Economics and the mid-life crisis have much in common: Both dwell on foregone opportunities

C'est la vie; c'est la guerre; c'est la pomme de terre . . . . . . . . . . . . . email: jpalmer at uwo dot ca

. . . . . . . . . . .Richard Posner should be awarded the next Nobel Prize in Economics . . . . . . . . . . . .

Thursday, October 27, 2005

Is It Time to Scrap the Food-Aid System?

When we read about famines, our first reaction is to want to send food. Most of us are caring people who are deeply disturbed by the continuing famine in some areas of the world.

At the same time, when famines recur at frequent intervals and when we despair about whether the famines will ever become a thing of the past, it is time to question the way food-aid is delivered.

"The food-aid equation actually hurts Africa more than it helps," says economist James Shikwati, director of the Inter Region Economic Network in Nairobi, Kenya. "If it was helping," he says, "the problem would be solved by now." In fact, he sees it as fundamentally unethical. "You can't say you're helping people if you're not helping them" break the cycle of famine. African politicians use hunger as a tool to gain votes, he says. Western relief agencies use it to fund-raise. This creates a "manna mentality" where Africans wait for bread "to drop from heaven."

And once again, the system faces a major test in southern Africa, where 12 million people are reportedly on the verge of hunger.
How long will it take for people to realize that raising the height of the social safety net affects people's incentives? Why produce food if others will provide it? Why produce food if others are going to undercut and depress the prices I might receive?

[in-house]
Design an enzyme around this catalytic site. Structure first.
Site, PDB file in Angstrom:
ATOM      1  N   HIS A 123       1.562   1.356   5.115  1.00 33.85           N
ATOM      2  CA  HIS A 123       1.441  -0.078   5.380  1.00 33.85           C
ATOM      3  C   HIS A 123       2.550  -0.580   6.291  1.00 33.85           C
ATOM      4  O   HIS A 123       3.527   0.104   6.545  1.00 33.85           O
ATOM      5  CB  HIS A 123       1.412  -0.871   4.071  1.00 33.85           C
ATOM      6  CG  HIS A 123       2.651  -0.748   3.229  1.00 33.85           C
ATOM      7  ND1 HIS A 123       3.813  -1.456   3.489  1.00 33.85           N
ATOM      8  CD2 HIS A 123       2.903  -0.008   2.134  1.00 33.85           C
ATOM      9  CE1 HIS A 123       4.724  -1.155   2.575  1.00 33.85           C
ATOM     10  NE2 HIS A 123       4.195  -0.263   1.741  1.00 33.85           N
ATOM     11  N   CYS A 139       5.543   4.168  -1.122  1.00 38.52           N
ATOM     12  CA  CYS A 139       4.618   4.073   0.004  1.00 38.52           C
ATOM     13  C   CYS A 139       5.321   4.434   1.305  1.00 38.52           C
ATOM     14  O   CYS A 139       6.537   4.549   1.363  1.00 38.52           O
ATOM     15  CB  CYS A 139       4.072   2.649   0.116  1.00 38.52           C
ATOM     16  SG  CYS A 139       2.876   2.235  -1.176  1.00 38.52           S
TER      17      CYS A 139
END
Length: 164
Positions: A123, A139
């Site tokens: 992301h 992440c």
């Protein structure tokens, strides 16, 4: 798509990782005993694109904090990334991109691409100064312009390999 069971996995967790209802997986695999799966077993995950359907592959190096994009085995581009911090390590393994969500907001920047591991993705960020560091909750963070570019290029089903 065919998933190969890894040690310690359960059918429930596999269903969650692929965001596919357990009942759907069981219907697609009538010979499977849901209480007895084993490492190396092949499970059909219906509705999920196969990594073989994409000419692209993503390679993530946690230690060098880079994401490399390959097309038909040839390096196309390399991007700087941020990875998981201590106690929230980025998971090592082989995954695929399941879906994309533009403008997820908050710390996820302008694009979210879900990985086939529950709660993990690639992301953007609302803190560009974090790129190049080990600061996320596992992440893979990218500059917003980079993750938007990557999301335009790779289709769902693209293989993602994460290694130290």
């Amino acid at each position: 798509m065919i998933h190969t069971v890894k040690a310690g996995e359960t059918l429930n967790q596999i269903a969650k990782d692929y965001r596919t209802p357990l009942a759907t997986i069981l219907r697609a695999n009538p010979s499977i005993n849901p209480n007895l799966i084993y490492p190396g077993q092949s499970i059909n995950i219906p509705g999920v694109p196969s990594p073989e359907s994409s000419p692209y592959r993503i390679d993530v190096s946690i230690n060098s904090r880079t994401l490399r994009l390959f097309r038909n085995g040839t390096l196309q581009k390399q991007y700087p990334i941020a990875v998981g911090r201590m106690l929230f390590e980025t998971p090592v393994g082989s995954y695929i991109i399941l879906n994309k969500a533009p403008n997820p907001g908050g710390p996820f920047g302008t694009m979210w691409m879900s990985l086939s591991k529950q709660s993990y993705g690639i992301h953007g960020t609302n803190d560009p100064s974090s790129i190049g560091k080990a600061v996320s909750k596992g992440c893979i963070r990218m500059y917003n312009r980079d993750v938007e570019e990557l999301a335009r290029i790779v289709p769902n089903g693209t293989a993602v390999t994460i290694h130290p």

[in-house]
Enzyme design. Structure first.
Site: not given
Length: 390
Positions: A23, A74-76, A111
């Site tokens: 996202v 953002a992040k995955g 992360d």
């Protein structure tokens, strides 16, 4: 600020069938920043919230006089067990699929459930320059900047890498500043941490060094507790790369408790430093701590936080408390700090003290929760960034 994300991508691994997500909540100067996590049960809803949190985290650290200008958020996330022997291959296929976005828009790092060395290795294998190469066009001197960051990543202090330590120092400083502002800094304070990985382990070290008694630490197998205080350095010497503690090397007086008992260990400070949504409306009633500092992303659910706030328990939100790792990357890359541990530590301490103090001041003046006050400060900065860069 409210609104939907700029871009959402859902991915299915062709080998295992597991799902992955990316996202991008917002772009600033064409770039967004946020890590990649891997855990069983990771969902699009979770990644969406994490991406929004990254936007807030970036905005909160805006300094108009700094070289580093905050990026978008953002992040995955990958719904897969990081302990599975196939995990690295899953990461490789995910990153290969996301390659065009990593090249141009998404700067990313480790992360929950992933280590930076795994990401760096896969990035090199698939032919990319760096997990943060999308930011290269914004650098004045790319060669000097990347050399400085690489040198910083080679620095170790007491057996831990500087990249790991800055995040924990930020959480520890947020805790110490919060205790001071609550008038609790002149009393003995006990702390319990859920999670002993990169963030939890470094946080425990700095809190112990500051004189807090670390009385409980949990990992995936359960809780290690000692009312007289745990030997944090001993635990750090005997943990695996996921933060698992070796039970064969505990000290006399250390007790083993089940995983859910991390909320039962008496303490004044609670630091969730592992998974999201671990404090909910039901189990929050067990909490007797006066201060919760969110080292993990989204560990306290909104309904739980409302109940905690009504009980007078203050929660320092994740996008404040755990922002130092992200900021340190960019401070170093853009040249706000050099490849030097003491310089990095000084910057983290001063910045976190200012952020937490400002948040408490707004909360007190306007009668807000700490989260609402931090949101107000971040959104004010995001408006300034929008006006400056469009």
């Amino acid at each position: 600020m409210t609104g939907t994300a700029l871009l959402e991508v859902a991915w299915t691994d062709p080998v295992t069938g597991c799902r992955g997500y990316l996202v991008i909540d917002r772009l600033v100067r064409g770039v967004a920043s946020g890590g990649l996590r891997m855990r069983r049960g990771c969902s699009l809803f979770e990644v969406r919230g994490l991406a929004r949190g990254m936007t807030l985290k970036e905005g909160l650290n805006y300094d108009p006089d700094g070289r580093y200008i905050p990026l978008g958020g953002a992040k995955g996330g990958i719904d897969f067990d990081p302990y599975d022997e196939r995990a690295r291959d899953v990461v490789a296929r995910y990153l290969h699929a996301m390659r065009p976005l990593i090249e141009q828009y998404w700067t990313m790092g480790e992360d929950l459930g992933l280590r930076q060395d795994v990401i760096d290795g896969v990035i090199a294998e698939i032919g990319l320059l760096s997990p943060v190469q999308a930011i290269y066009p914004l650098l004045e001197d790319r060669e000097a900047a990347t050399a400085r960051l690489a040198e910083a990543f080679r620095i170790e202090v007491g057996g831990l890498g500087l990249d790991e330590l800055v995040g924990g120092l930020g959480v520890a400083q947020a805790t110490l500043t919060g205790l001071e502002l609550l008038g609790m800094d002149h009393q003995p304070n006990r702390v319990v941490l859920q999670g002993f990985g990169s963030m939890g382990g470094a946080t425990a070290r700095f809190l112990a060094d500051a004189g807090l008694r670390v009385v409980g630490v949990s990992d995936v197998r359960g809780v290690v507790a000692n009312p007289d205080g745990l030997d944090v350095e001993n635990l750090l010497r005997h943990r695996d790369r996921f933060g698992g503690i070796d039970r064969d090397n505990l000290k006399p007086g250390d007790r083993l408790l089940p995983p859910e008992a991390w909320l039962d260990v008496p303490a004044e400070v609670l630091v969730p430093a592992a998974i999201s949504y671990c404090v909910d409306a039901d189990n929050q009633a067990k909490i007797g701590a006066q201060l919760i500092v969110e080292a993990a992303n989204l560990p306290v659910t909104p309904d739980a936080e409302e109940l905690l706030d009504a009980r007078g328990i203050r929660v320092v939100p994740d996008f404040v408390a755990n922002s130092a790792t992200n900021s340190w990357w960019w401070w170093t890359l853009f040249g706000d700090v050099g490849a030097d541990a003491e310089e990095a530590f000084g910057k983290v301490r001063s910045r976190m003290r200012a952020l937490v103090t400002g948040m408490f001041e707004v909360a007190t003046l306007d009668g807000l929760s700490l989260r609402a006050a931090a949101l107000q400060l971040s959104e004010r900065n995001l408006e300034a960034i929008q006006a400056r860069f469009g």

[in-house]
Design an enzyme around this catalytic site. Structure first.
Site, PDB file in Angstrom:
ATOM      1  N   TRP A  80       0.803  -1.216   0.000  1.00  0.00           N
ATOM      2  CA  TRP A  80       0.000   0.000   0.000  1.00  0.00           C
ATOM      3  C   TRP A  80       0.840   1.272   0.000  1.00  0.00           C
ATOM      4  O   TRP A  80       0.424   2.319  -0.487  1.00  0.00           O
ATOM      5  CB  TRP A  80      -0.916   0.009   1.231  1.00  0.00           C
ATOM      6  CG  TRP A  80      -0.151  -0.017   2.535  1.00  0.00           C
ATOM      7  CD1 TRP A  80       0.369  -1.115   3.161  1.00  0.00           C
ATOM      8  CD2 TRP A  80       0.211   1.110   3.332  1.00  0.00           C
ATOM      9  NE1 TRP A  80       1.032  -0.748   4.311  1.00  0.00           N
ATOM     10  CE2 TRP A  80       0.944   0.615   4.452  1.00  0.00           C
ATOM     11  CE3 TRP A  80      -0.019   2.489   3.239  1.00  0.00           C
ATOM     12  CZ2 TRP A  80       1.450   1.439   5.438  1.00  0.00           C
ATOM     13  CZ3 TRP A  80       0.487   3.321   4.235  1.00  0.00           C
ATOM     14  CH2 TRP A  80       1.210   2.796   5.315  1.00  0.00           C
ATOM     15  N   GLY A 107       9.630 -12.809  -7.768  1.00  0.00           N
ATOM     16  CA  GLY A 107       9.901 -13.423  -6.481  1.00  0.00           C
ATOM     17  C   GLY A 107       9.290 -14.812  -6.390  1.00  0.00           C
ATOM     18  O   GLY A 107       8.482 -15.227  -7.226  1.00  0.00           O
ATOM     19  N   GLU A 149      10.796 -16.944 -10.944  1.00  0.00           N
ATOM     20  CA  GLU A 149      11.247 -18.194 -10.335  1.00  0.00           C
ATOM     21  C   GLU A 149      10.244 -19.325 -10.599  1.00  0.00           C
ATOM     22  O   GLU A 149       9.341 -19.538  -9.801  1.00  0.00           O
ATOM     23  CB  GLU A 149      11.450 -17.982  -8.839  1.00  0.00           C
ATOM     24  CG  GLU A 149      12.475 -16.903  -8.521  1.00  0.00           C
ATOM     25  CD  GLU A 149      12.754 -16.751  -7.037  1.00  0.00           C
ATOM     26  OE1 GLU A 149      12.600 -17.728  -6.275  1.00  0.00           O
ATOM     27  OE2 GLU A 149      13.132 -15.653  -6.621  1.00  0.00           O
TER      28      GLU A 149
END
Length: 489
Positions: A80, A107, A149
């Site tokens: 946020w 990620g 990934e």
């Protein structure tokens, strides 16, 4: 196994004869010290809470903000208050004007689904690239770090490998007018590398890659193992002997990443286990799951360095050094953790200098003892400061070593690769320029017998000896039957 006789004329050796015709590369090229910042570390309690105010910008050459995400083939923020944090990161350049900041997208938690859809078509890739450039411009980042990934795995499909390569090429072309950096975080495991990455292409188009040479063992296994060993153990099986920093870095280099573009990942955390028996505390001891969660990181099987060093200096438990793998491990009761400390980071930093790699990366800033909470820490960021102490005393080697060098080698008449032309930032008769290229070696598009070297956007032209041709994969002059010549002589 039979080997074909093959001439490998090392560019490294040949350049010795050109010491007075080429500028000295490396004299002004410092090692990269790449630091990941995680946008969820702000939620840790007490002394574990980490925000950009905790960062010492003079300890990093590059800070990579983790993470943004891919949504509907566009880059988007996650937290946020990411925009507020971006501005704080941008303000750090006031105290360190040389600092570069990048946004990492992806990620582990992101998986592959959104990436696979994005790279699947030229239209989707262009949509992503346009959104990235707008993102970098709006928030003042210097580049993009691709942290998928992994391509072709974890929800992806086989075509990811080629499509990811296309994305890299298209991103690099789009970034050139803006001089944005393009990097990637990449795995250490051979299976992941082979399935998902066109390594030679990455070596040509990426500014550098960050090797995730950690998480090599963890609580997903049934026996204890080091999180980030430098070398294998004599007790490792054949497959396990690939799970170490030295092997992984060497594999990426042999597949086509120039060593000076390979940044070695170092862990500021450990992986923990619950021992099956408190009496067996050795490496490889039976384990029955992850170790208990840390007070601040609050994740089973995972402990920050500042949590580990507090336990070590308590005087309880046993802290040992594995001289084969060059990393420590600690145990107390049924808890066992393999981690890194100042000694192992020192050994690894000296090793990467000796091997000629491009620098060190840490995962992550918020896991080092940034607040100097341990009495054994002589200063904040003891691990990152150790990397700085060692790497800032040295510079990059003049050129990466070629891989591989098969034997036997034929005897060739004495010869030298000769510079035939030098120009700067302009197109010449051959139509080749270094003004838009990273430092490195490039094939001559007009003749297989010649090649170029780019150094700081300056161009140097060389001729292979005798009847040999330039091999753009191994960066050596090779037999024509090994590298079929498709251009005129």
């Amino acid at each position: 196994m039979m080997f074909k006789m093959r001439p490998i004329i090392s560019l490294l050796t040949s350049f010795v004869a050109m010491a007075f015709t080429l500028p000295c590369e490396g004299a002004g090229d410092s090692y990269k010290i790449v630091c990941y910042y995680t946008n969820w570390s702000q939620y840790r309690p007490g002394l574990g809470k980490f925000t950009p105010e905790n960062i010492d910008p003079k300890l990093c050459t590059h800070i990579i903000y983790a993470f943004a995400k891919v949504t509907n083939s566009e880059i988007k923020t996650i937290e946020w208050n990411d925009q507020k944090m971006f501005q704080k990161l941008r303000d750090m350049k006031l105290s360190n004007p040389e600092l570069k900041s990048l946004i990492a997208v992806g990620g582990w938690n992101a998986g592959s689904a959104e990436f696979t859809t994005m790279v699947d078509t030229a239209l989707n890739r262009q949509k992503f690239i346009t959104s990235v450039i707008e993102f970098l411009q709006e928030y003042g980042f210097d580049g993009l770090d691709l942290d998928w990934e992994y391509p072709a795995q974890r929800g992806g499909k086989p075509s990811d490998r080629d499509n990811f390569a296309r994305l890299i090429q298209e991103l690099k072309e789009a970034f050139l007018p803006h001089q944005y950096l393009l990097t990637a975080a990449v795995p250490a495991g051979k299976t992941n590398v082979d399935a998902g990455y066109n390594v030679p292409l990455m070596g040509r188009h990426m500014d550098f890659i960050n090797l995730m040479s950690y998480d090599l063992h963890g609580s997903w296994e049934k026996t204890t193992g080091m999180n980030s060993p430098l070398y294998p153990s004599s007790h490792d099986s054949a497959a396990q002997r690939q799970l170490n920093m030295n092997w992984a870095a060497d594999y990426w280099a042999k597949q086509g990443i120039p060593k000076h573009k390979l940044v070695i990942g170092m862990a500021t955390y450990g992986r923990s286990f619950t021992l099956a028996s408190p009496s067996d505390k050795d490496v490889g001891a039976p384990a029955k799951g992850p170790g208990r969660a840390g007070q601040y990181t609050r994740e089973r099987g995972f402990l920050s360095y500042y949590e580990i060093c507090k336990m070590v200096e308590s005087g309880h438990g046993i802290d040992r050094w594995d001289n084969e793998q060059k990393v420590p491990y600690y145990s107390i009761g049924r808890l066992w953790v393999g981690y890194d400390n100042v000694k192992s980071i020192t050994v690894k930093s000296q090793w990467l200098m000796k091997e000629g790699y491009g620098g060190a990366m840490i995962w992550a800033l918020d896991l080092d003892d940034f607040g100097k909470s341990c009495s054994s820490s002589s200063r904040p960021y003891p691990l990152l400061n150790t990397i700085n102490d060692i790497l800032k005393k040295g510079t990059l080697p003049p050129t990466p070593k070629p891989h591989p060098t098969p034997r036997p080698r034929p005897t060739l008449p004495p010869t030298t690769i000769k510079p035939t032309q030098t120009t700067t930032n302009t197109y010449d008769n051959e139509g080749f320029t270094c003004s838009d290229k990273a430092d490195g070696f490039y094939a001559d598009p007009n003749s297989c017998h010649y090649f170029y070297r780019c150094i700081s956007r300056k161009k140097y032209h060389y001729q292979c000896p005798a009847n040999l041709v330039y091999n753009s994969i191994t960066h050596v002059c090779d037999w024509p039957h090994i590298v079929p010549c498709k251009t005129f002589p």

[Update: Gary Becker covers this topic as well in his most recent posting.

But shouldn't price controls also be used in poor countries when they experience a catastrophic shortfall in the supply of a food staple, such as rice or potatoes (the Irish potato famine is the best-known example)? The poorest families may be unable to pay the higher prices, and they could face starvation. Still, I do not believe price controls are a good solution, for they discourage greater production and imports of the scarce food, and they encourage farmers to hoard their food crops. Governments of these countries, and richer countries too through humanitarian aid, should instead become active in buying rice or whatever crop is involved, and reselling that to poor families at lower prices. Or these governments should increase income transfers to the poor that would enable them to pay the high market prices.

In the modern world, famines are caused not be high prices, but by bad governmental policies. Famines are virtually unknown in modern democratic societies. Yet famines and large-scale starvation are still sometimes found in dictatorships, such as in China during Mao's Great Leap Forward. The problem there was not high prices, but Mao's foolish policies. He first caused farm output to fall by his misguided attempt to leap forward,. He then forcibly took much of the limited supply of food from farmers, so that many of them starved to death, in order to feed city populations. In addition, he sold some of the reduced crop of grains abroad for hard currencies rather than importing grains to ease the food crisis.
More people need to see this movie:
. . . . . .
[Why is this fabulous, meaningful movie not available on DVD???]
[thanks to Jack for the link]
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